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Cath Everett

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Employment downturn imminent, say experts


Conditions in the labour market are weaker than earlier in the year and evidence suggests that a renewed employment downturn is imminent, experts have warned.

Although figures from the Office of National Statistics indicated that UK unemployment fell by 26,000 to 2.45 million or 7.7% of the total workforce in the three months to May, the number of people claiming Jobseeker’s Allowance rose by 24,500 to 1.52 million in June – the biggest jump in two years.
The increase follows an upwardly-revised rise of 22,500 in the claimant count for May. It is the second month in a row that the claimant count has grown, while the unemployment total (which is based on a separate study) has fallen.
The ONS attributed the discrepancy to an increase in the number of women claiming Jobseeker’s Allowance because of changes to the benefits system. But many economists consider the claimant count to be a more accurate indicator of the health of the labour market than unemployment figures.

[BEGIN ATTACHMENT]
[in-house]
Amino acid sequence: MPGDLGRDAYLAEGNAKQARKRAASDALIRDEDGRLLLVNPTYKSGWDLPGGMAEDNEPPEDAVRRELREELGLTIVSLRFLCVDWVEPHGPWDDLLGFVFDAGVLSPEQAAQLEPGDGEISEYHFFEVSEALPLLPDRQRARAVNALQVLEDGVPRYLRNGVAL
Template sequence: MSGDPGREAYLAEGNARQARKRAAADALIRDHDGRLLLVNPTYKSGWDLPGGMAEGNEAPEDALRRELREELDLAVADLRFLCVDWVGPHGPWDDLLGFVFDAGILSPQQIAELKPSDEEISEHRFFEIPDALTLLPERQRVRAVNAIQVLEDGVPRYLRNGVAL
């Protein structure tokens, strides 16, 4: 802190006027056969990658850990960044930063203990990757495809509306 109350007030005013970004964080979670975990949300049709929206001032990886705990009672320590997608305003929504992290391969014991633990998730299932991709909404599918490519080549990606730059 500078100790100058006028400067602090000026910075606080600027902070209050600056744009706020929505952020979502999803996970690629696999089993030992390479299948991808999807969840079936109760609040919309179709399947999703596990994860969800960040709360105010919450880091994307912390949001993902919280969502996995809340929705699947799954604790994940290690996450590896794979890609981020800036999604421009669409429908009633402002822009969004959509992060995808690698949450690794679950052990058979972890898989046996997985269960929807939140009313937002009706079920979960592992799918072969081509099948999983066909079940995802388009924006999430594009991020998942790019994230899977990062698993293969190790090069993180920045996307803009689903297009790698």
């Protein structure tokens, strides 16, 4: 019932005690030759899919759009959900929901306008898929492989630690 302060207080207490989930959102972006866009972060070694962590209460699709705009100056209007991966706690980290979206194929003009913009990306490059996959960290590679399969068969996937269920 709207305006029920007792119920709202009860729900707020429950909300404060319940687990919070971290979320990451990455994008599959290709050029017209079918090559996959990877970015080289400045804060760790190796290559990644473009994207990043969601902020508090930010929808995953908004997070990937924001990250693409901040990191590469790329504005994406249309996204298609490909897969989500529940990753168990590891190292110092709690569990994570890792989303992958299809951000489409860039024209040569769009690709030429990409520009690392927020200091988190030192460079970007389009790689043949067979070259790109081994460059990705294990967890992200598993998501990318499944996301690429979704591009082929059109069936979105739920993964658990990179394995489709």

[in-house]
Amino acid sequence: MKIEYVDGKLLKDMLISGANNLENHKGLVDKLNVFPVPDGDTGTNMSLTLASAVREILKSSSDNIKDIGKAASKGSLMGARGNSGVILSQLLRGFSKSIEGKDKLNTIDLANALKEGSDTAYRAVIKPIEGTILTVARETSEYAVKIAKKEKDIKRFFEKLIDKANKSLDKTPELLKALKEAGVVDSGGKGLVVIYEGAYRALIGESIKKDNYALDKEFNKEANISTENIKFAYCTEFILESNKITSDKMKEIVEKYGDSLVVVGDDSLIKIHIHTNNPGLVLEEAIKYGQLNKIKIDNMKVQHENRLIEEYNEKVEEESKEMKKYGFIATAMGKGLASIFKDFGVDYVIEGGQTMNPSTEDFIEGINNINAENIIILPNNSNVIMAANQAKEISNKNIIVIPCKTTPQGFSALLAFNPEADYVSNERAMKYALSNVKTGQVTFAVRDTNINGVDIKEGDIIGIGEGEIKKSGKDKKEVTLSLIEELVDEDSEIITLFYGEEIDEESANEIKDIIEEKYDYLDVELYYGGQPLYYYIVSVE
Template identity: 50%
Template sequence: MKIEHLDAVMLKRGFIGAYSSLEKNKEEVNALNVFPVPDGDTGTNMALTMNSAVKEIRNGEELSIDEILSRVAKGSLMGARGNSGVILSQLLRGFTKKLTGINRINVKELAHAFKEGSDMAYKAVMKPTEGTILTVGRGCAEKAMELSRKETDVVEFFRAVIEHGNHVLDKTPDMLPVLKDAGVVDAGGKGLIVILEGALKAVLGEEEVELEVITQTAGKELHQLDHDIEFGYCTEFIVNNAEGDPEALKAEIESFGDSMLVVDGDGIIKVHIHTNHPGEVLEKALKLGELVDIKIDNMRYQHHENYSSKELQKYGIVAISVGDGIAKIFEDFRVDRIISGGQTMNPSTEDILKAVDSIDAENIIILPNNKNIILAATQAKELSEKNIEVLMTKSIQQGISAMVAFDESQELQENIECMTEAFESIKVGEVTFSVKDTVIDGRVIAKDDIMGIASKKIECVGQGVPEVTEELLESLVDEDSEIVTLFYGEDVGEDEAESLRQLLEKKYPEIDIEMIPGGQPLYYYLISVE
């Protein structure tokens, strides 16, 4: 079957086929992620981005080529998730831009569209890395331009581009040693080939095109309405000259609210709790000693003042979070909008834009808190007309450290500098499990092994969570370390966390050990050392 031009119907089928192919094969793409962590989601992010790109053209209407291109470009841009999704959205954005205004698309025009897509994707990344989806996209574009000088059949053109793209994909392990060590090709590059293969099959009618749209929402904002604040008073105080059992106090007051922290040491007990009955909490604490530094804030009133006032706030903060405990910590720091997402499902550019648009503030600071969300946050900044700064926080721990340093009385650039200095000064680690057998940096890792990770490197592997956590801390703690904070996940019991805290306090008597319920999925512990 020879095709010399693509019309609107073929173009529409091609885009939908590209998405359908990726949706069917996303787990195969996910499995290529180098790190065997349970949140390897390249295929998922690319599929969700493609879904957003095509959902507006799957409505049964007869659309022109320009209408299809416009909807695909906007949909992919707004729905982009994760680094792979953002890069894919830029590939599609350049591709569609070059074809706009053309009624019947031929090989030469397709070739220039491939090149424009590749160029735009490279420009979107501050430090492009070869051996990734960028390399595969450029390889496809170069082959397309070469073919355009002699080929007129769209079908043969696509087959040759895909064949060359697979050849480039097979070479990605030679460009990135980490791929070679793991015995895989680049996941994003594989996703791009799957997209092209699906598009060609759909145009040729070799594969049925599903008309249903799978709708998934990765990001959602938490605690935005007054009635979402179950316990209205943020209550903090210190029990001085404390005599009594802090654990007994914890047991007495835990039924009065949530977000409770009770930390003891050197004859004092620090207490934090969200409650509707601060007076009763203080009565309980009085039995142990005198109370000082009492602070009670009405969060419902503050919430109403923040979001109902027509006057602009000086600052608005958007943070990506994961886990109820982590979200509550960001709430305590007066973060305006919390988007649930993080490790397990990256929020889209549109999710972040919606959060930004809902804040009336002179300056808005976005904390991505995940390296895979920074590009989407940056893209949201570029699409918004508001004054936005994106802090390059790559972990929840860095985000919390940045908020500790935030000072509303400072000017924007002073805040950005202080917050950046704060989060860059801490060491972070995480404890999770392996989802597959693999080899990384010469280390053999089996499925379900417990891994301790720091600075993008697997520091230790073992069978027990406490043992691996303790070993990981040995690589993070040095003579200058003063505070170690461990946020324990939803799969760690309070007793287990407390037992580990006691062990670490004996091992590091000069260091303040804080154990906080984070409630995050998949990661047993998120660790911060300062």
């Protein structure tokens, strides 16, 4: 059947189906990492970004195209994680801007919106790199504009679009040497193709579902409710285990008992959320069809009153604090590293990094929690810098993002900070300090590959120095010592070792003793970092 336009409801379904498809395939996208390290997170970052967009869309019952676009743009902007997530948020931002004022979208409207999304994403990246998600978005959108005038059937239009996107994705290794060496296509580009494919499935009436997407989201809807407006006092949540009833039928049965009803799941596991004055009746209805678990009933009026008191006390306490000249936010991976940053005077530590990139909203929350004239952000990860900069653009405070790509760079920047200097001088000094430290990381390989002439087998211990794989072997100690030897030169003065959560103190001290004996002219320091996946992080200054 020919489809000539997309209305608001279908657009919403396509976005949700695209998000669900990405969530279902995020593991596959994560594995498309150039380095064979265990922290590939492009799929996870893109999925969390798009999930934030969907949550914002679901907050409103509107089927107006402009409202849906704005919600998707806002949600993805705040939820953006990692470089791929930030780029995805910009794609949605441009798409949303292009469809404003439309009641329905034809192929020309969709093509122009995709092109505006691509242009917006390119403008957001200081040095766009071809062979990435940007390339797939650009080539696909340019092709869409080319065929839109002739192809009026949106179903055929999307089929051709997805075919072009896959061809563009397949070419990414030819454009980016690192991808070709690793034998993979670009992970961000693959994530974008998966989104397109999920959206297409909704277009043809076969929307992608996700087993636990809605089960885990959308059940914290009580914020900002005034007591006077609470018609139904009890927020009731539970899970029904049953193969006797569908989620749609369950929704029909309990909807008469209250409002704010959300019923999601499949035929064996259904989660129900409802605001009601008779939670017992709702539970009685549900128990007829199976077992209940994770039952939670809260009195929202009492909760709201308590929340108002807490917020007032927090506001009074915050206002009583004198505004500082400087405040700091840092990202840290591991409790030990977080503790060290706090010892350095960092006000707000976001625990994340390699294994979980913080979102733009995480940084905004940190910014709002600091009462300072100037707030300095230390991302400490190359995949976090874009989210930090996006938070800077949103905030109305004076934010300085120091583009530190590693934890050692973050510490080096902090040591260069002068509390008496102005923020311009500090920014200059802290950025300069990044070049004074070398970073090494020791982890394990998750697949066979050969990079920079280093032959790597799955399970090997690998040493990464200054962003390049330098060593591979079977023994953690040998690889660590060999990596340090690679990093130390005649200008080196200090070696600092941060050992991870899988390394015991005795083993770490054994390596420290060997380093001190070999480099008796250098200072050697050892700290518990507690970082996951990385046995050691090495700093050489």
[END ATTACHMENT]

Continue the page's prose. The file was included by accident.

Chris Williamson, economist at research firm Markit, told the BBC: “While [unemployment] data suggest some tentative improvement…..more up-to-date information suggests that weakness lies ahead. The number of job vacancies….fell by 7,000 between the first and second quarters of the year, and Markit’s recent survey of recruitment consultancies showed that the number of people placed in permanent jobs showed the weakest rise for 22 months in June.”
John Philpott, chief economic adviser at the Chartered Institute of Personnel and Development, was equally downbeat. In his view, the ONS figures suggested that labour market conditions were weaker than earlier in the year and the headline improvement in employment and unemployment was relatively small.
Job vacancies continued to fall, the same number of unemployed people were now chasing each one as in the recessionary days of spring 2009 and redundancies were starting to increase as public sector cutbacks started to bite.
Moreover, the welcome 42,000 drop in youth unemployment “should not be exaggerated” as it was almost entirely due to more 16 to 24 year olds turning to full-time education as an alternative to joblessness. There was barely any quarterly increase in the number of young people in work.
This made it clear that the underlying jobs situation was “deteriorating”, Philpott warned.
“The labour market is on the turn, with unemployment on the headline measure as well as the claimant measure set to increase,” he said. “All that remains to be seen is how bad things get. Continued slow wage growth may help dampen the rise in unemployment, but either way the pain hitting the UK workforce will be severe for some considerable time yet.”


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